Joe Biden is the projected winner of the 2020 presidential election after securing Pennsylvania, according to the Associated Press and NBC News. Biden’s victory makes Donald Trump a one-term president after four tumultuous years in the White House. Trump is the first incumbent to lose re-election in more than a quarter-century.
Biden’s projected victory also means that Kamala Harris will make history, becoming the first woman and first person of color to hold the office of vice-president.
Unsuccessful in his two previous bids for the presidency, Biden’s 2020 victory was delivered by a coalition of women, people of color, older and younger voters, and members of the LGBTQIA+ community.
UPDATE – (11/6/20) 8:58 a.m.:
Former Vice President Joe Biden is on the cusp of the presidency Friday, seizing a lead over President Donald Trump in both Pennsylvania and Georgia and drawing ever closer to securing the 270 electoral votes needed to win the White House.
Biden, who has 253 electoral votes, pulled ahead of Mr. Trump in Pennsylvania by about 9,000 votes on Friday morning. If his lead holds — and it is expected to — the state’s 20 electoral votes would push him past the threshold to win the election. In Georgia, his lead was so narrow that state officials said a recount was inevitable.
Former Vice President Joe Biden, was declared the winner of the key swing states of Wisconsin and Michigan, two key swing states that President Trump won four years ago.
The Trump campaign has pressed ahead with lawsuits challenging the validity of the count in several states, a move that could further delay the announcement of the presidential victor.
Michigan Court of Claims Judge Cynthia Stephens has already denied a request from Trump’s campaign to stop counting ballots over a claim that a poll challenger was denied access to view ballots being counted.
Biden is currently leading Trump in the popular vote by more than 3.8 million votes, should this stand it would be the second consecutive time that Trump has lost the popular vote.
UPDATE — 10:17 p.m.:
People in South Seattle are nervously watching the narrow presidential race, with Joe Biden and Donald Trump in a nail-biting Electoral College showdown that will depend on results from a few swing states such as Pennsylvania, Michigan, Wisconsin, and Georgia. Congress too, seems a tossup, with both control of the Senate and House uncertain at this moment. However, there was no drama in the local House races, with U.S. House Representatives Pramila Jayapal and Adam Smith cruising to victories over marginal opposition. Jayapal, the rep for the 7th District, had 84.56% of the vote over opponent Craig Keller with 15.2%, while Smith, of the 9th District, led 75.84% to 23.98% over Doug Basler.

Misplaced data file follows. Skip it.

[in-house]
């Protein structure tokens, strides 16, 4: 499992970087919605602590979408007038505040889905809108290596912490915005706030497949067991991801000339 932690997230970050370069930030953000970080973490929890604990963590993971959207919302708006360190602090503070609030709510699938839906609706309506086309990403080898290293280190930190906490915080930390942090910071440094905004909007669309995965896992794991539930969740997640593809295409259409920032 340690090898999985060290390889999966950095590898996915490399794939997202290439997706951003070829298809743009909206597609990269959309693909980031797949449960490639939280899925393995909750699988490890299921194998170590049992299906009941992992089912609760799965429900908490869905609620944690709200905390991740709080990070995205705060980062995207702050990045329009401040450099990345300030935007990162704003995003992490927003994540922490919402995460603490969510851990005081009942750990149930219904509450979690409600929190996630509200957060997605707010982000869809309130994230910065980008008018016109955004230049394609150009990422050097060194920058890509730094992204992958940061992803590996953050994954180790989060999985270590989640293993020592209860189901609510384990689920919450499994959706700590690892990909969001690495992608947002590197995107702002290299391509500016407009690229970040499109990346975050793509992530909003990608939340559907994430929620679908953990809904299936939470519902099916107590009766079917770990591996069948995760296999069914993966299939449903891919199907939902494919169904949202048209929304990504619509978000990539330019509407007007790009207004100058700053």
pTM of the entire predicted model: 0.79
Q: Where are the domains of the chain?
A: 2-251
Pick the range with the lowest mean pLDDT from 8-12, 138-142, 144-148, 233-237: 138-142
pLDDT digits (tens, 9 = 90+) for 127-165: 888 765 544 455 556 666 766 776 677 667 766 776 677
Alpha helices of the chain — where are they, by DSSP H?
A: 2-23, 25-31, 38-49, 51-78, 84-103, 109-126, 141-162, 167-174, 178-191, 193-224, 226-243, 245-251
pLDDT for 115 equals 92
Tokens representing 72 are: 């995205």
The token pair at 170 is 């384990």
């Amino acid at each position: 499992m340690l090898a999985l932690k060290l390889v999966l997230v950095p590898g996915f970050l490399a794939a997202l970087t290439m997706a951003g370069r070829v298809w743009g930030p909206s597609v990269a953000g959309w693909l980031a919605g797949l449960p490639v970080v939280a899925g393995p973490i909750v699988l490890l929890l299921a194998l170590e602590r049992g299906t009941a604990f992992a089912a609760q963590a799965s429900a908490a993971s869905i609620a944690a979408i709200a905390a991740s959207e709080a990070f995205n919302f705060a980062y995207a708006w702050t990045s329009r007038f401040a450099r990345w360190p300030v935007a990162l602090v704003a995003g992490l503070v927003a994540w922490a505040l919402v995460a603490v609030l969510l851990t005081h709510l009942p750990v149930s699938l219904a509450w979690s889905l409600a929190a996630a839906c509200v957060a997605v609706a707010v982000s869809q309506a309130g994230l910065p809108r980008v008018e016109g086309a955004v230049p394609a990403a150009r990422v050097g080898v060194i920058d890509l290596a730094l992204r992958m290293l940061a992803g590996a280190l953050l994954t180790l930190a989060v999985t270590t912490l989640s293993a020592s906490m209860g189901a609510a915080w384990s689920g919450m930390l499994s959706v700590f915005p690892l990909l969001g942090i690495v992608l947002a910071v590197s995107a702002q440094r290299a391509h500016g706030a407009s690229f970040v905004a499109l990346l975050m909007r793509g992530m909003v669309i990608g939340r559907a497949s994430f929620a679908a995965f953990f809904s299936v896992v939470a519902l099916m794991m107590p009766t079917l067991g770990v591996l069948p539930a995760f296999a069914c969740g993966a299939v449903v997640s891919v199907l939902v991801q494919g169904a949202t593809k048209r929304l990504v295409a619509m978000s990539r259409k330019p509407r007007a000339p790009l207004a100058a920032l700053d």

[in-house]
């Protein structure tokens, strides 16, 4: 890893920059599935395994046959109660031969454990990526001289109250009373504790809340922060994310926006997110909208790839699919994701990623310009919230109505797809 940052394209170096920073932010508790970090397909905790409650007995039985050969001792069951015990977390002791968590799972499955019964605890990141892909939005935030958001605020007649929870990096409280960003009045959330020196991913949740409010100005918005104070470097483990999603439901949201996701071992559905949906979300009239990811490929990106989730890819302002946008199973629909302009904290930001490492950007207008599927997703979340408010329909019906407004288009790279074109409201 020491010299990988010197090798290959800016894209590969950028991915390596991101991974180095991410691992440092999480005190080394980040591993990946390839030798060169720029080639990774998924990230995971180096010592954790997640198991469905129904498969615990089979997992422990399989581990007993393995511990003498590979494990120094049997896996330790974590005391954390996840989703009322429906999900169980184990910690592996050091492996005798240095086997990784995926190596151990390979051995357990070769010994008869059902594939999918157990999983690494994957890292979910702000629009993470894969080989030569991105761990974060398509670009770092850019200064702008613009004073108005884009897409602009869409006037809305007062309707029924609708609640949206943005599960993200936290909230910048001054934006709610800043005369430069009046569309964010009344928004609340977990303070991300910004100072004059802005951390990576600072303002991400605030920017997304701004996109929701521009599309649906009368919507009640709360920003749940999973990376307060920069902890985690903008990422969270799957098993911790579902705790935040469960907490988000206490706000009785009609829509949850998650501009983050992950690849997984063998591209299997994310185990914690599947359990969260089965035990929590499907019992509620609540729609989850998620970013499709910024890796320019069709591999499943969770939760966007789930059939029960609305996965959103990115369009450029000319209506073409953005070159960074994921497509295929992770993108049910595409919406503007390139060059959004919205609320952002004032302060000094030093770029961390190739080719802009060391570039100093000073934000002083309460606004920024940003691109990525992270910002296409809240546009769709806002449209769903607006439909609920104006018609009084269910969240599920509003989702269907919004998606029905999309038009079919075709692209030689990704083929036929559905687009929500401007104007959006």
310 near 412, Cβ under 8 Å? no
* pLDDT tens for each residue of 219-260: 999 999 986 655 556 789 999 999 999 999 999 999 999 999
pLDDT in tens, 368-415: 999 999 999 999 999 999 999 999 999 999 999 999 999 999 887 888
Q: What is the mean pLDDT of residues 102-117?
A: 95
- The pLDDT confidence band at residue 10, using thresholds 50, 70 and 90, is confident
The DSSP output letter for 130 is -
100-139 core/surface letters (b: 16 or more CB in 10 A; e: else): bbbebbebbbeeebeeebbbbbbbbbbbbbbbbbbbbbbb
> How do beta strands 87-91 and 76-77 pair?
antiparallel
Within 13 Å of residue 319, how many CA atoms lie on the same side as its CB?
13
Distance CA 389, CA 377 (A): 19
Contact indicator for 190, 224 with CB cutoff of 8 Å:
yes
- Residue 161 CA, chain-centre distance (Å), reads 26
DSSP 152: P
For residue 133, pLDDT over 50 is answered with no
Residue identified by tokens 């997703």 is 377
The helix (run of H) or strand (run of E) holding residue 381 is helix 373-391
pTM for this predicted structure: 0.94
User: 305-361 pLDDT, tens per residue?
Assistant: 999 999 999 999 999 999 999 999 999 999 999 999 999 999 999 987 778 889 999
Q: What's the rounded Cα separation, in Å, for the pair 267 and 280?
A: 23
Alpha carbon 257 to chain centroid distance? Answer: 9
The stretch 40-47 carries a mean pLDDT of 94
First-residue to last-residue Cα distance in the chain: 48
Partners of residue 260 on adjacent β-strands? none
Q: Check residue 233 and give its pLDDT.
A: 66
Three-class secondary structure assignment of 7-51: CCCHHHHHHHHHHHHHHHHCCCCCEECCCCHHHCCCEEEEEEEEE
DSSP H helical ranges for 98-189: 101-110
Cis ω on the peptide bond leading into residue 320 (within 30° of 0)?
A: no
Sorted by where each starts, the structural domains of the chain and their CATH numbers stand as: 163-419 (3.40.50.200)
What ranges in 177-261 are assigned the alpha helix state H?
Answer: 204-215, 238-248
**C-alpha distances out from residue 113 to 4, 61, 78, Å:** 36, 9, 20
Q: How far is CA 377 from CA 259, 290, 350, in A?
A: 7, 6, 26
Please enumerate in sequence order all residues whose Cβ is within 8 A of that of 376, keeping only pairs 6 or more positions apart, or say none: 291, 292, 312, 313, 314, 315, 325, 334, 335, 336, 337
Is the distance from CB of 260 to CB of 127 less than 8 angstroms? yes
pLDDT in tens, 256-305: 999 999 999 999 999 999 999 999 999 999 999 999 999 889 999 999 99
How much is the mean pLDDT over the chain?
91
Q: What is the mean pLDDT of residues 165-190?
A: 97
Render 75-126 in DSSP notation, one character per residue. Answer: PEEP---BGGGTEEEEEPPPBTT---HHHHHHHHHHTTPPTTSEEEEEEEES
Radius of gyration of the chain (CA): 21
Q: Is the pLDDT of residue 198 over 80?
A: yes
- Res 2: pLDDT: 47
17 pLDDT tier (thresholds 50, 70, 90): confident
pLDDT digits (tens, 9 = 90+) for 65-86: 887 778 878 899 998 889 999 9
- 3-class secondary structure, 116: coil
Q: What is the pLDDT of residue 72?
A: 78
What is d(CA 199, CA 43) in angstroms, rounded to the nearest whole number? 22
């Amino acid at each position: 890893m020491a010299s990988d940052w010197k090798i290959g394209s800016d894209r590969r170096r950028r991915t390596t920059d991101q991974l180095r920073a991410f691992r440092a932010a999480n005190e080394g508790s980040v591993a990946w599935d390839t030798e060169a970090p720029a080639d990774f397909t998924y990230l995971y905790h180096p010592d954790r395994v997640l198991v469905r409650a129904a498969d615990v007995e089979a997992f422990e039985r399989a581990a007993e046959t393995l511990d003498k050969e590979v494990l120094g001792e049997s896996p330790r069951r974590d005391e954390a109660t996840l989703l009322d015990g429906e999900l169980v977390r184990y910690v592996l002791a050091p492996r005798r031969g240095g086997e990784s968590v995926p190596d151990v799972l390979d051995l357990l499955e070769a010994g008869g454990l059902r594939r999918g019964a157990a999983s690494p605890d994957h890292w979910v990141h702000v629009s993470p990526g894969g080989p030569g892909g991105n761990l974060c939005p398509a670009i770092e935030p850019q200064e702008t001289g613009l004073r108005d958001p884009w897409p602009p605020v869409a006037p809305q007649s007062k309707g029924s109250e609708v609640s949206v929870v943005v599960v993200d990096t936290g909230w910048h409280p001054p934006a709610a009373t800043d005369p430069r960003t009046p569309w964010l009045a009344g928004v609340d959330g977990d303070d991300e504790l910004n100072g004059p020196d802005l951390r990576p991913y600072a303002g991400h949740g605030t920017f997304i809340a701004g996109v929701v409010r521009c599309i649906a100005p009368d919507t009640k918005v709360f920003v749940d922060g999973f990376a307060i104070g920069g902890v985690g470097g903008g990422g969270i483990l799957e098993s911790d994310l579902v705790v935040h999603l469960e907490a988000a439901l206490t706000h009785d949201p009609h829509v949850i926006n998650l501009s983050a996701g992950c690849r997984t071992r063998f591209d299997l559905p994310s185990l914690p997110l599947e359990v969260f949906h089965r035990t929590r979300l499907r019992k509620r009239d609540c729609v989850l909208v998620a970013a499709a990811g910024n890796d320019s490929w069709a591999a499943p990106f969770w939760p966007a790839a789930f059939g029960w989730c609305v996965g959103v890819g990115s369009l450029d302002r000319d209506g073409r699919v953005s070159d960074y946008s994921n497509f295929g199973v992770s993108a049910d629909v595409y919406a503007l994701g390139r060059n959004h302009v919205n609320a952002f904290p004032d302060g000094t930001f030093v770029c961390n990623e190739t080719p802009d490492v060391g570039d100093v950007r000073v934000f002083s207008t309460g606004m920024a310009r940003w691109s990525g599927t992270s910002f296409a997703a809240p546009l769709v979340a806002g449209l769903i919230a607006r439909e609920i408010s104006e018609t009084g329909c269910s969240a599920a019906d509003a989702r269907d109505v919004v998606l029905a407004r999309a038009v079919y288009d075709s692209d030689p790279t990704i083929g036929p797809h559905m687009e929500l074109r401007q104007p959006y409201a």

King County Proposition 1
A $1.74 billion bond measure (King County Prop 1) that would fund improvements to Harborview Medical Center, appeared to be passing easily this evening, with more than 77% in favor after early returns. A vote of 60% was required to pass the measure, which would fund a new $952 million medical facility, seismic and clinic upgrades, as well as a new 150-bed addition to provide medical care to people without shelter.
King County Executive Dow Constantine said in a released statement on the passage of the bond, “While there are still many votes to be counted, I thank the voters of King County for their support for Harborview Medical Center. These investments will ensure that our region continues to be the best place in the country to receive emergency medical care, and needed seismic upgrades will protect the lives of patients, employees, and visitors to Harborview. Besides helping people with behavioral health needs and better preparing the region to fight pandemics, the measure creates thousands of family-wage construction jobs at a time when our region needs them the most.”
UPDATE — 10:12 p.m.:
Seattle Proposition 1